Even in those last years at the nursing home in Eudora, where his dear Alison took such good care of him, visiting him nearly every day, as did many others, he was always so grateful to the staff for every thing they did for him.

Gratitude and thanksgiving to God: in the end, this must be our prayer to God for his goodness and his grace to us through the life of Dennis Quinn.

And it is through the Holy Sacrifice of the Mass offered for the peaceful and eternal repose of this faithful servant and extraordinary teacher that we can best express our gratitude. The gospel from St. John reminds us: “Whoever eats my flesh and drinks my blood has eternal life, and I will raise him on the last day. For my flesh is real food and my blood is real drink.” Professor Quinn believed these words of Jesus and lived them in his life.

Dr. Quinn is no longer a pilgrim. His romantic quest for wonder has been completed. What were once mere glimpses and occasional insights are now seen clearly. He is face to face with the mysteries he taught.

And for those of us who are still on our pilgrim way we thank God for this great man and we pray for his soul. And we long for the day when we too might be reunited with those who have gone before us.

And, alas, for those who may still wonder what the IHP was all about, I leave you with the words of the man himself:

“Perhaps the mythology about the IHP is true after all. Perhaps we are conspirators. And our conspiracy may extend beyond the international to the celestial sphere; we are conspiring with the stars; we are conspiring with those spirits who inhabit the air not only in their books but in the living truths they caught less as doctrine and dogma than as a gleam of light. One could have far worse company. O co-conspirators of all the ages: Odysseus, great-improviser! Socrates, fellow corrupter of youth! Caesar and Aeneas, you Latin-lovers! Moses and St. Paul, God-struck! Roland, you chevalier! Chaucer, debonaire, and all our fellow pilgrims! Knight of woeful countenance! O sweet Prince! May all of you be with us yet!”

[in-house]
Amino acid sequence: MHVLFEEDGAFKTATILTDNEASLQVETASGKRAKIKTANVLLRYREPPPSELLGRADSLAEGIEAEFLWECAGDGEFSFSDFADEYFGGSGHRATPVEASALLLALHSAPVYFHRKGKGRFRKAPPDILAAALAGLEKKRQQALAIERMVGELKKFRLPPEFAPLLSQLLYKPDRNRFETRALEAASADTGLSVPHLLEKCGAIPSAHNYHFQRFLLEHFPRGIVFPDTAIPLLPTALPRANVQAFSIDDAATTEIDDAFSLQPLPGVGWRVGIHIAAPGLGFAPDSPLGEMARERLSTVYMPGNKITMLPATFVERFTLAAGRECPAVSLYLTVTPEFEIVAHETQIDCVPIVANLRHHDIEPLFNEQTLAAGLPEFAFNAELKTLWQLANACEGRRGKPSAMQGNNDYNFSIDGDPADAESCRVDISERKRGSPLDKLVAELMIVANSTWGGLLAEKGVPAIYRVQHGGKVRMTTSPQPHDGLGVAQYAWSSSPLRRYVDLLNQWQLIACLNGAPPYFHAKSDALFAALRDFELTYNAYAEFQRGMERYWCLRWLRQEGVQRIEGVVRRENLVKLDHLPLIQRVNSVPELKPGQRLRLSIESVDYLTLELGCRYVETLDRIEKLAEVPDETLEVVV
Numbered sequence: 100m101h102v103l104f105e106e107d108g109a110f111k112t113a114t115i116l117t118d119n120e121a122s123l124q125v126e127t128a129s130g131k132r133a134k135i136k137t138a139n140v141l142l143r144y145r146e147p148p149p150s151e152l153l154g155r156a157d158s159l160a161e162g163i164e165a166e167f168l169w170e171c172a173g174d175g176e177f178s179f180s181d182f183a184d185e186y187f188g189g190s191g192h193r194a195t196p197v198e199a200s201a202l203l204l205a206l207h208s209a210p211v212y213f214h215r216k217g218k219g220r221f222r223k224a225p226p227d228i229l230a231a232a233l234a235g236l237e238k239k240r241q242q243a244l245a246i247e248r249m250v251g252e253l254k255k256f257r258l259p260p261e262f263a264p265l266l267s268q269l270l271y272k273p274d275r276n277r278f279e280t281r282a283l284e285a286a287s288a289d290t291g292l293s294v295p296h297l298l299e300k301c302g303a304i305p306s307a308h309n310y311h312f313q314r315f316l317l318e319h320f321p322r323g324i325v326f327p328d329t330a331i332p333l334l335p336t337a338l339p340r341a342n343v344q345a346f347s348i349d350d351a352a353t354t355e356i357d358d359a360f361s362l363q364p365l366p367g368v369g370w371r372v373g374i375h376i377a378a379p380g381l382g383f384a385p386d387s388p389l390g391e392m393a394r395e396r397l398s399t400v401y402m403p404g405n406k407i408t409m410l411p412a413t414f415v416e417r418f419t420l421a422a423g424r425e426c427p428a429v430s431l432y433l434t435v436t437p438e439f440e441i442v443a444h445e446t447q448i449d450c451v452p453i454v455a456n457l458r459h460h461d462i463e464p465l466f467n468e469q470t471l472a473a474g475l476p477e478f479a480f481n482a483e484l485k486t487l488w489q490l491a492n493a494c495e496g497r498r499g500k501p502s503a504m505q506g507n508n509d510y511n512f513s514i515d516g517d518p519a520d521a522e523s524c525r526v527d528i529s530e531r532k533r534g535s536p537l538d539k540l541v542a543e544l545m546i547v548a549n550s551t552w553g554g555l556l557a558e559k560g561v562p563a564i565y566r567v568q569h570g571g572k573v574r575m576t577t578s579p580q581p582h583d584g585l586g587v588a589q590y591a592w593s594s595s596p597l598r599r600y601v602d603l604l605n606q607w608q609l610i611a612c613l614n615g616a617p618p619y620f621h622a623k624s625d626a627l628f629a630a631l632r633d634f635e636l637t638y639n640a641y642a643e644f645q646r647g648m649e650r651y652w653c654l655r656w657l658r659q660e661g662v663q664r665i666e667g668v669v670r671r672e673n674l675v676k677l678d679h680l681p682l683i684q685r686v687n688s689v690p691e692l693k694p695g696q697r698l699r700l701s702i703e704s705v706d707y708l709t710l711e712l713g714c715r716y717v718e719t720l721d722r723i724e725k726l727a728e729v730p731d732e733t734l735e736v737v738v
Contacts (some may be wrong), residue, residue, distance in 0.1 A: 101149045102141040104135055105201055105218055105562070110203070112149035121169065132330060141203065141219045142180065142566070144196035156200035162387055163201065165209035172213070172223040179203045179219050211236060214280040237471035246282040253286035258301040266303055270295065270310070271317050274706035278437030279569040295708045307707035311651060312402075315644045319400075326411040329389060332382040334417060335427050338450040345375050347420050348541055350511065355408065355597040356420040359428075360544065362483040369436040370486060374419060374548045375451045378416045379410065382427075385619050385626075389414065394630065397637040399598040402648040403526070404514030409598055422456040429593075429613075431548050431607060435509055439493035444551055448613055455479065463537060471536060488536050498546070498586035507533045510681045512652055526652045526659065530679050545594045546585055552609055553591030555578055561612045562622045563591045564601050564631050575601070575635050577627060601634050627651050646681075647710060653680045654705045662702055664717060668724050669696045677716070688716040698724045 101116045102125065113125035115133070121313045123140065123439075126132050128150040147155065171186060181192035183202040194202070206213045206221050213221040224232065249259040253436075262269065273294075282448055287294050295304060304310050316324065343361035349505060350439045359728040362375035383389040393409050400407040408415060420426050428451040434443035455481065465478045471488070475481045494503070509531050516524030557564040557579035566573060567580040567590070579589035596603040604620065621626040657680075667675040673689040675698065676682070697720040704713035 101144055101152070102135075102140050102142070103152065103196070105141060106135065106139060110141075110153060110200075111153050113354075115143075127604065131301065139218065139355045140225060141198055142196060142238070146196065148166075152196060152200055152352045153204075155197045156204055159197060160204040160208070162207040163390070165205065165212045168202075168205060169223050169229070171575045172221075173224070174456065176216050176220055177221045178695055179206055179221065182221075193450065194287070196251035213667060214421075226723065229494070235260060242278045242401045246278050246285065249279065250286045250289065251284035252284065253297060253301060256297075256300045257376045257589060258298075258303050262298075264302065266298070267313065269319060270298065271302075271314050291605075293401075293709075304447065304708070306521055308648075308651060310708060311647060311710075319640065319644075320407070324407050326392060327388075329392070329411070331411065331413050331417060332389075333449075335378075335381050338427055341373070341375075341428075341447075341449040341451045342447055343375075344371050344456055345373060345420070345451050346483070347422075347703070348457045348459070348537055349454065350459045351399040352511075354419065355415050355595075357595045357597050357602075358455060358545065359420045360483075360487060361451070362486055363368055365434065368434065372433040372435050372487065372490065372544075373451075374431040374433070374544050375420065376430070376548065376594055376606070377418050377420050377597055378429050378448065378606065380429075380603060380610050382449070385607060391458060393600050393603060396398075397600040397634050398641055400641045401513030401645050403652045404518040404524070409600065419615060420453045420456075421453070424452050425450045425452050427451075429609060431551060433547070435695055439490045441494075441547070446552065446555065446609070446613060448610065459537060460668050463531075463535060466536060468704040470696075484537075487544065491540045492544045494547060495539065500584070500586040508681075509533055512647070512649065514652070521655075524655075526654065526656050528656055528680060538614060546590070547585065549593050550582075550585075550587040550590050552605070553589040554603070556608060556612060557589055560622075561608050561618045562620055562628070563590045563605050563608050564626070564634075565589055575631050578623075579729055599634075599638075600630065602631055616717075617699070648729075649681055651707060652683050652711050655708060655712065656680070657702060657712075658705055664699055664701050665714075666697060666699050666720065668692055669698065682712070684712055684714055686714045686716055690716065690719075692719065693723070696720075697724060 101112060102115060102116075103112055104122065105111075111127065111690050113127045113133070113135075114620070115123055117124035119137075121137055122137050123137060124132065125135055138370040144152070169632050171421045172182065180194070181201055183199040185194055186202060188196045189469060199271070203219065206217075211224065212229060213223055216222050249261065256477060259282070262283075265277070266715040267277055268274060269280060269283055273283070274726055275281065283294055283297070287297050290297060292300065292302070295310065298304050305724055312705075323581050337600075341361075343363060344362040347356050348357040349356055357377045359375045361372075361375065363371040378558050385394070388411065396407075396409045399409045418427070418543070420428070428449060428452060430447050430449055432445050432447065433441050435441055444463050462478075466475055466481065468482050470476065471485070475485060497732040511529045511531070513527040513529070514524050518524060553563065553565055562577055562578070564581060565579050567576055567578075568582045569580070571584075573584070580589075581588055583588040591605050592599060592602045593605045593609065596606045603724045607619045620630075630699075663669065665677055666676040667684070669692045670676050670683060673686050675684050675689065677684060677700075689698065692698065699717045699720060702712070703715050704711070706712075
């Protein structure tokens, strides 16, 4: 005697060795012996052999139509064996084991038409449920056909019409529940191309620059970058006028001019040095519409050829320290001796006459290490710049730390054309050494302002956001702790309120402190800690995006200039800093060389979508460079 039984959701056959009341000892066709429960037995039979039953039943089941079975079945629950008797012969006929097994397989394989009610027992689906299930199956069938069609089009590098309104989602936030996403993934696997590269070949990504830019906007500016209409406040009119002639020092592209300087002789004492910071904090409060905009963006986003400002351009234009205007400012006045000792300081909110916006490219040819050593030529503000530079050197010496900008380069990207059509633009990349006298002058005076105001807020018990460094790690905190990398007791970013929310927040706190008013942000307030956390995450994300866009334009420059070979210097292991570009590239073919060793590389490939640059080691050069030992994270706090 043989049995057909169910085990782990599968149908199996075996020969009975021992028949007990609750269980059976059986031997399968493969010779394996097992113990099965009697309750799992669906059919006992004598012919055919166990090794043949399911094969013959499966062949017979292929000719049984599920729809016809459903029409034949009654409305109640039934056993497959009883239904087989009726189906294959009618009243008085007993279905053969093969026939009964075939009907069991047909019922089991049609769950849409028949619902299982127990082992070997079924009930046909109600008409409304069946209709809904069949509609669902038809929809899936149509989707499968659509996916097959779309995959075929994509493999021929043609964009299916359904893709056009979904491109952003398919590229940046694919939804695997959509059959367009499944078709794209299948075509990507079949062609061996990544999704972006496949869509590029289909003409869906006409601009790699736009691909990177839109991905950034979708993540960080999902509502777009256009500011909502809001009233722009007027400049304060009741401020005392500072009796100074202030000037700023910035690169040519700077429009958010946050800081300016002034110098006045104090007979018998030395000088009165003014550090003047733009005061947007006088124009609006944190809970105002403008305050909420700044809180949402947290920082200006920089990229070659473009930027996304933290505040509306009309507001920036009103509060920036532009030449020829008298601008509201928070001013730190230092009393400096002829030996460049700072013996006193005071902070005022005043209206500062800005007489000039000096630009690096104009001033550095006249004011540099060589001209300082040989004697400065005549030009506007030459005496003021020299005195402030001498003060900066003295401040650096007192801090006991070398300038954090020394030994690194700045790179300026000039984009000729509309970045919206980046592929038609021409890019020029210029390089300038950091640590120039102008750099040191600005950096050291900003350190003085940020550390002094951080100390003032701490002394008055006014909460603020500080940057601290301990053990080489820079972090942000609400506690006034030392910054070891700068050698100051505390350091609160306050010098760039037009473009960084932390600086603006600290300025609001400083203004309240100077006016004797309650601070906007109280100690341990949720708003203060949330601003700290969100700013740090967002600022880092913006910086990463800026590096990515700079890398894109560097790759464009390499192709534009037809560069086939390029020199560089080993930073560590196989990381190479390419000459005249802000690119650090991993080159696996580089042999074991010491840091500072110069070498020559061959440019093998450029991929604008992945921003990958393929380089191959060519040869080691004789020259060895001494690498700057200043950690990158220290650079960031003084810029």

Requiescat in pace!

Thursday, March 17, 2016

St. Patrick's Day

Happy St. Patrick's Day!

This year, to supply you with Irish music on the one day of the year when it is on demand, I will show you a few videos that illustrate the influence America has played on traditional Irish music today.

Most of the earliest commercial recordings were actually made in America by Irish immigrants. Perhaps the most famous of these musicians was Michael Coleman, a fiddler born in Killavil, Co. Sligo who came to New York City in 1914. He soon found work as a professional player in vaudeville shows, and picked up many tunes that he recorded in a traditional style but to our ears today sound unmistakably like rag-time. Many of Coleman's records were sent back to Ireland, where young musicians were so enthralled that they copied his music note for note. Even today, musicians throughout the Irish diaspora will play sets that were first popularized  by Coleman.

One of those sets is of two reels: Bonnie Kate & Jenny's Chickens:

But, he could also play more graceful waltzes popular with the American crowds he played for:

Coleman's influence on the world of Irish music was so strong, not just because of his records, but also because of the fiddlers he taught. One of the most prominent of those students was Andy McGann, who recorded a number of albums in the 1970's, and who has a remarkably similar style as Coleman: